Transitioning into parenthood requires many lifestyle changes. Change is inevitable from altering daily routines, prioritizing the needs of mini tyrants, and even giving up a beloved sportscar. As a result, vehicle choice is a hot topic for growing families.
Read on for some tips to help you navigate buying a larger vehicle and answer questions about how insurance differs for a minivan vs SUV.
Let’s break down the costs of owning an SUV compared to a minivan. We’ll look at sticker price, insurance, and fuel efficiency.
Cost comparison right off the lot is obvious. Minivans are cheaper than SUVs. SUVs that offer comparable passenger seating as minivans are considerably more expensive. There are multiple factors in this cost comparison.
Large SUVs use more expensive steel, have larger engines, and generally use more expensive drivetrains (all-wheel drive, 4X4). On the other hand, minivans can get by with cheaper materials because they are not designed for towing or terrain challenges.
Sure, the average family is not in the SUV market for their off-roading capabilities, but people are still willing to pay higher prices for popularity alone. SUVs are cooler; it’s just a fact, according to surveys.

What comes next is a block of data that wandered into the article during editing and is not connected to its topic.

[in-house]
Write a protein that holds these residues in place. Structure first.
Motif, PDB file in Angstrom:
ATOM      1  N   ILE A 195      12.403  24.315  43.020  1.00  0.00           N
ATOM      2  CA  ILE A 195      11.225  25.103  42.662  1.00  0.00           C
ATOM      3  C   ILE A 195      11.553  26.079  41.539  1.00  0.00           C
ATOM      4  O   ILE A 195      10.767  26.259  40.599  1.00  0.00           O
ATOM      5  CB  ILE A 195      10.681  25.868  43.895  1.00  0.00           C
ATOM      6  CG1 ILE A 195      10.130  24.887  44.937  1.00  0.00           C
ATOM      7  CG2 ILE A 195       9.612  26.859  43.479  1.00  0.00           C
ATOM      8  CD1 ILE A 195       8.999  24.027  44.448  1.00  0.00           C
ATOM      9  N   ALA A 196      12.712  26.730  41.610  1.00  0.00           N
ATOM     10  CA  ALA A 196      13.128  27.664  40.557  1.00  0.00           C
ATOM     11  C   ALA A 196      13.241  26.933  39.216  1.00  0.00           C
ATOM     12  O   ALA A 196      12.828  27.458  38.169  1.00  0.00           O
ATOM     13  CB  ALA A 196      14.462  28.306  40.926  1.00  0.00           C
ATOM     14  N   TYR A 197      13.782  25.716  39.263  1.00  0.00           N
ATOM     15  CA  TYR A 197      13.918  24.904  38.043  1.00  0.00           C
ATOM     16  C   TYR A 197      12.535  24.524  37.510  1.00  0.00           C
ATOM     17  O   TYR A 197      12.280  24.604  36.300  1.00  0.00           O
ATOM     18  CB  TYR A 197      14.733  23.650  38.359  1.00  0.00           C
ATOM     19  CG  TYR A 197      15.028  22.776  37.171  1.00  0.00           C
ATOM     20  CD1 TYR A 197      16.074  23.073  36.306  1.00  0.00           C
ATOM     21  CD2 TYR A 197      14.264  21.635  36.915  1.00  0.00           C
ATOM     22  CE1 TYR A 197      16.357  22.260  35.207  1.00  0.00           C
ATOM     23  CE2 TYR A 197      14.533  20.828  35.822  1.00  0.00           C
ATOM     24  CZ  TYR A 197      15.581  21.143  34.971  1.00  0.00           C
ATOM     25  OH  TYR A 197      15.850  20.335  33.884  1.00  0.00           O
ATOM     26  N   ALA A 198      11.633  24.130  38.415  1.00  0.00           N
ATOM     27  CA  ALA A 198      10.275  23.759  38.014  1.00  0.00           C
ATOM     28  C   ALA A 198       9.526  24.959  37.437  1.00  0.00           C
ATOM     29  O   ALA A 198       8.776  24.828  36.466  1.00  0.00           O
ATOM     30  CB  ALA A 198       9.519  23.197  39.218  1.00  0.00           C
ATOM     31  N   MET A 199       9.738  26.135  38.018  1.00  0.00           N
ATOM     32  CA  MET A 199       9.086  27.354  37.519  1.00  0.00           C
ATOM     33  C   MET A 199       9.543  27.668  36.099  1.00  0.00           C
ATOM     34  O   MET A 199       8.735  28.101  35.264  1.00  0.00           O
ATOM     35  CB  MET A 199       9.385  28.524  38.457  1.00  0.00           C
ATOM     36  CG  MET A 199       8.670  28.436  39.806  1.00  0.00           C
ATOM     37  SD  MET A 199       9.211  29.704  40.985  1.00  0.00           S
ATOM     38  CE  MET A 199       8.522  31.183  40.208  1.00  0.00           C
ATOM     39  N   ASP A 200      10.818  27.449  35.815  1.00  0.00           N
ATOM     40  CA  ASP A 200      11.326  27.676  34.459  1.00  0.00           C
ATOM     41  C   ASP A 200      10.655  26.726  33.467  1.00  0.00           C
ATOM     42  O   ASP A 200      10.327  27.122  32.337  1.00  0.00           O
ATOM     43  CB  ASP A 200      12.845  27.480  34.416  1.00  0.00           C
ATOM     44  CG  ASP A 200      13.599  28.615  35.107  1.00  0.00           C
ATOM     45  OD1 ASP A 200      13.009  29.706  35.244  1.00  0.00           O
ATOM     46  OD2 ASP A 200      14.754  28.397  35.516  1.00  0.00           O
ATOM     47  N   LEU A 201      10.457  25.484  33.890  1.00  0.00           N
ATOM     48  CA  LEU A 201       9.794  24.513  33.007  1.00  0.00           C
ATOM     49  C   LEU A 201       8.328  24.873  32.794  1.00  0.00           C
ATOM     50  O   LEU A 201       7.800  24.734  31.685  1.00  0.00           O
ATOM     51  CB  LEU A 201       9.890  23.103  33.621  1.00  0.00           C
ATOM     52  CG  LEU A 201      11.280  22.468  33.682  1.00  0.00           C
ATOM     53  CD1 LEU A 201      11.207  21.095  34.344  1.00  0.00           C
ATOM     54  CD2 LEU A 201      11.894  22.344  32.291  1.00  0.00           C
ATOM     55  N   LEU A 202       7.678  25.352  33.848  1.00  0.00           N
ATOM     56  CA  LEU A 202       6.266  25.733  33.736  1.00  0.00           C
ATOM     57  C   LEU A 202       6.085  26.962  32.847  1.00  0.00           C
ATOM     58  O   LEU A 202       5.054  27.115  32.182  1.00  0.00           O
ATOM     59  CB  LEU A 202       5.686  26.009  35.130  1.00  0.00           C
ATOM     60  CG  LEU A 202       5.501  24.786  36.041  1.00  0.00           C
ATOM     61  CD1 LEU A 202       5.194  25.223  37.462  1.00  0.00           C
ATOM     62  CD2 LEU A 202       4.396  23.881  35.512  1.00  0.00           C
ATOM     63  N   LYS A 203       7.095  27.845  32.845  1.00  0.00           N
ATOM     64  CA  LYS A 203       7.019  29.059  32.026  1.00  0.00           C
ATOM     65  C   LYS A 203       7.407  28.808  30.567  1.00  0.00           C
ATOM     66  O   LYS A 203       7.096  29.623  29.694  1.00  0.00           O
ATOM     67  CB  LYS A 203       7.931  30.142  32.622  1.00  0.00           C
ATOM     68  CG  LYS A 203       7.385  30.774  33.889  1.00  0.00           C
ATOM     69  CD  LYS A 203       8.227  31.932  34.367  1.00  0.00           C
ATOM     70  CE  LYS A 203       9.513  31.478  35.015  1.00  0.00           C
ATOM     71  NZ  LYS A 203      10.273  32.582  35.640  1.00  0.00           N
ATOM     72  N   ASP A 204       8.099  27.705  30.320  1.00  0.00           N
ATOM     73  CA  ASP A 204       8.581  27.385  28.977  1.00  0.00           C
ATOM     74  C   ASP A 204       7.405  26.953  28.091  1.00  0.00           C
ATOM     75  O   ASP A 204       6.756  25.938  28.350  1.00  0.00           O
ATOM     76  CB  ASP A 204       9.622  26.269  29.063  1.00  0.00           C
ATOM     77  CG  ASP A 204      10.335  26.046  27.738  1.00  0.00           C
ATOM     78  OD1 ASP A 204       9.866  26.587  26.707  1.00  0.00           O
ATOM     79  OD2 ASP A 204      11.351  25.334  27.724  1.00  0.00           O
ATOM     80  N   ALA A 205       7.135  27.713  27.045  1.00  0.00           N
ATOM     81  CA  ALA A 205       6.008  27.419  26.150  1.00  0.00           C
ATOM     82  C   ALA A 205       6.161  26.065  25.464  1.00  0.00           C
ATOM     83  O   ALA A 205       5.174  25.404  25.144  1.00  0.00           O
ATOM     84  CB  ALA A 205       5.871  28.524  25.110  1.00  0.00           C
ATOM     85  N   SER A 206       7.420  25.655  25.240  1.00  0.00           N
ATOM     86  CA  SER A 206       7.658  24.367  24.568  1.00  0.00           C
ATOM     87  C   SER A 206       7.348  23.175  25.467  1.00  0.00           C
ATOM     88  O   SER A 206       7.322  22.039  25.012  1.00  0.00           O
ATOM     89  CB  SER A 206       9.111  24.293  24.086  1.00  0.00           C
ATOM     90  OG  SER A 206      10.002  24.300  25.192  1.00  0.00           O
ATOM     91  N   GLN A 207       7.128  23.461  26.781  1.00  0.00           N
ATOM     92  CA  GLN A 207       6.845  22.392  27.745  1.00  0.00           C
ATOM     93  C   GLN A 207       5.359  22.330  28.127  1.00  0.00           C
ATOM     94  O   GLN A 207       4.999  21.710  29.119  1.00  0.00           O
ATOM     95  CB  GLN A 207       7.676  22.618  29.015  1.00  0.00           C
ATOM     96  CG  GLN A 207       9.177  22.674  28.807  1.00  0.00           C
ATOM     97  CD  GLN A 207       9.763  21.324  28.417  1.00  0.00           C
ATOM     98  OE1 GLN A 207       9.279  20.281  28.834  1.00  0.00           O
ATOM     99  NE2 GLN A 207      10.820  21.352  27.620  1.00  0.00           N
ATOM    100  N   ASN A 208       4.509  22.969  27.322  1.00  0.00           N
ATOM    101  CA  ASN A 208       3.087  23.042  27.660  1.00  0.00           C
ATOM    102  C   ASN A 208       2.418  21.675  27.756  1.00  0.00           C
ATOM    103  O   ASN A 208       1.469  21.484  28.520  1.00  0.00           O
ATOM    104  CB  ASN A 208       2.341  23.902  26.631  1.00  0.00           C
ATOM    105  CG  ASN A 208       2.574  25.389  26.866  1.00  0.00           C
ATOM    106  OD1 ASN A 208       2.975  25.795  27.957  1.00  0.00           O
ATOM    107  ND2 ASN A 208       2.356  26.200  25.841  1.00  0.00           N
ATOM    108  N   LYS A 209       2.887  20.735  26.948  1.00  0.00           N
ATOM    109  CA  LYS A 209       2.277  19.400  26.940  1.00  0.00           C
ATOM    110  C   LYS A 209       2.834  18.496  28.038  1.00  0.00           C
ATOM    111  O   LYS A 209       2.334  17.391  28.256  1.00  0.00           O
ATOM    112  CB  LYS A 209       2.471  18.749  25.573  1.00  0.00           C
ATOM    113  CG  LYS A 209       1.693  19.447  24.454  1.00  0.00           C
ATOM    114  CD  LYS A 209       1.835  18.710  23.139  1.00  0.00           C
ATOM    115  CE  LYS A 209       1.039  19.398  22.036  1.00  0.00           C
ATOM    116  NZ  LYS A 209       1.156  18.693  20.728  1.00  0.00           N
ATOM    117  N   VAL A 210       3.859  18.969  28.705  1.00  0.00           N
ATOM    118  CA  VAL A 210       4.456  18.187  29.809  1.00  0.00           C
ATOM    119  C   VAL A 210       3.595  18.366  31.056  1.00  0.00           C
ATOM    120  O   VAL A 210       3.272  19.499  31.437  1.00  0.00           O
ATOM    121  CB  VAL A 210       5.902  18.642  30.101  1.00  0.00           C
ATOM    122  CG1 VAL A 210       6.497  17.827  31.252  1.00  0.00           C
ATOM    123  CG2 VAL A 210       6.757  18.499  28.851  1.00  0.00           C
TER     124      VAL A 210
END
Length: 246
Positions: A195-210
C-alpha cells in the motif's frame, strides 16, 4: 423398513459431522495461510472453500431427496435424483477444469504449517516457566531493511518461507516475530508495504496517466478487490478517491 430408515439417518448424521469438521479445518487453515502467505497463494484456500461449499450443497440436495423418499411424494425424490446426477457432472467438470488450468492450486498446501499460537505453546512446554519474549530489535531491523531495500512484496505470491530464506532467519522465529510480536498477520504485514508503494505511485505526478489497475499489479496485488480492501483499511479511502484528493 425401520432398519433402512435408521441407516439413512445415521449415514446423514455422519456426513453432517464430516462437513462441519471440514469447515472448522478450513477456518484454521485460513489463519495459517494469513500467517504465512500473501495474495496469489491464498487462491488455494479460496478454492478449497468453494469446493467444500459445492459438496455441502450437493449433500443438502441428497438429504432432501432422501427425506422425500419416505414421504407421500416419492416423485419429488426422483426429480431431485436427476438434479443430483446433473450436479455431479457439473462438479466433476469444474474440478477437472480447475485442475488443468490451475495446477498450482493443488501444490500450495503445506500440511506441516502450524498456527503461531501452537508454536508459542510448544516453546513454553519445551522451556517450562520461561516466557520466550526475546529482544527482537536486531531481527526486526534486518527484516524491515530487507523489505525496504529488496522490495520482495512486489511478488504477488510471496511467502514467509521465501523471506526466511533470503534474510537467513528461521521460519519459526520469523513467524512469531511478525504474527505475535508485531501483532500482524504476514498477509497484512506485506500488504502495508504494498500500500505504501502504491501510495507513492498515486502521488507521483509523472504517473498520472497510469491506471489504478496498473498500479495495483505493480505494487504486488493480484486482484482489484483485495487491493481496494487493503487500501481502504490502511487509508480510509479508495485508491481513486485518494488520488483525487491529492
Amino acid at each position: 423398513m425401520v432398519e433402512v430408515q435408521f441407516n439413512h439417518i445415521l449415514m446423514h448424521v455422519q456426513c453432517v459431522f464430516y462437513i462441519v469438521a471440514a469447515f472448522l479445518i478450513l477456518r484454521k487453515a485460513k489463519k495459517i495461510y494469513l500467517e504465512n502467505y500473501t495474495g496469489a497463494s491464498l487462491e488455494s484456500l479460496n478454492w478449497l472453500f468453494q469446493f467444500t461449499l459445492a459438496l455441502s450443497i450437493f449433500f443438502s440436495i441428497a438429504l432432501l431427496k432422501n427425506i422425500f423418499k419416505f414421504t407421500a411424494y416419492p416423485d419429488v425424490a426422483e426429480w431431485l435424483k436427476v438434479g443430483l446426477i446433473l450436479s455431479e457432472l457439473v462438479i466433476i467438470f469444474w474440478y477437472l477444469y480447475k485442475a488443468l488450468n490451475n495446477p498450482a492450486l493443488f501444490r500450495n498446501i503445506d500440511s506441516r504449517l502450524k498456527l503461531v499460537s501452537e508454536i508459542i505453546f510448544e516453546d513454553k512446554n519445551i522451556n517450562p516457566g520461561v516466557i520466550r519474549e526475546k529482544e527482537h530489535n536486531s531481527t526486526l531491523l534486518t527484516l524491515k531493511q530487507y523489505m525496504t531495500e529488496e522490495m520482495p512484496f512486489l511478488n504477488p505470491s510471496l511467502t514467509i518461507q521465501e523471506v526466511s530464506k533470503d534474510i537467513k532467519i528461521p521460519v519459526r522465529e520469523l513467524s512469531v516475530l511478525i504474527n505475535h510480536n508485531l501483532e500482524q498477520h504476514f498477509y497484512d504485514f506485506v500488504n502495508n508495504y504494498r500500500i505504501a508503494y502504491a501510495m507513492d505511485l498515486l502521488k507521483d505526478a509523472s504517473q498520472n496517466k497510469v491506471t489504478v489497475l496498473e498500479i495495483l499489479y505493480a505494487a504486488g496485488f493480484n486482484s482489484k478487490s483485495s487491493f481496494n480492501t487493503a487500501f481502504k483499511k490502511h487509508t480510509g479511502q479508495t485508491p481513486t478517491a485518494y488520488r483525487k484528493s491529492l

It is more expensive to insure an SUV. In addition, because SUVs are more costly to repair and replace than minivans, insurance providers rate them a higher cost and risk.
Thanks to newer technologies and research & development (yes, the more advanced research and development, the higher the vehicle price tag), SUVs have come a long way with fuel efficiency. However, heavier chassis and beefier engines mean SUVs generally require more fuel than minivans.
The burgeoning electric SUV market may change this, but currently, there are few options with the towing and hauling capabilities of their fuel-chugging counterparts. But if hauling is not your interest in an SUV, electric might be a good choice. Remember, the R&D price tag on electric vehicles still substantially increases prices.
Let’s face it; You’re probably not looking into the SUV vs. minivan debate if you don’t have kids. (It’s true that minivans have a cult following among the aging population, thanks to the ease of entering and exiting the vehicle and the interior luggage space.) Here are some top conveniences to consider.
Car Seat Compatibility
Car seat configuration options often become the deciding factor for young families looking to update their vehicle. Smaller SUVs and crossovers can be frustrating if you have more than two car seats.
Vans offer captain’s chairs, bench seats, and easy access to third-row seating. In addition, most minivans include LATCH anchors for three car seats and plenty of seatbelts and tether anchors for forward-facing car seats or boosters.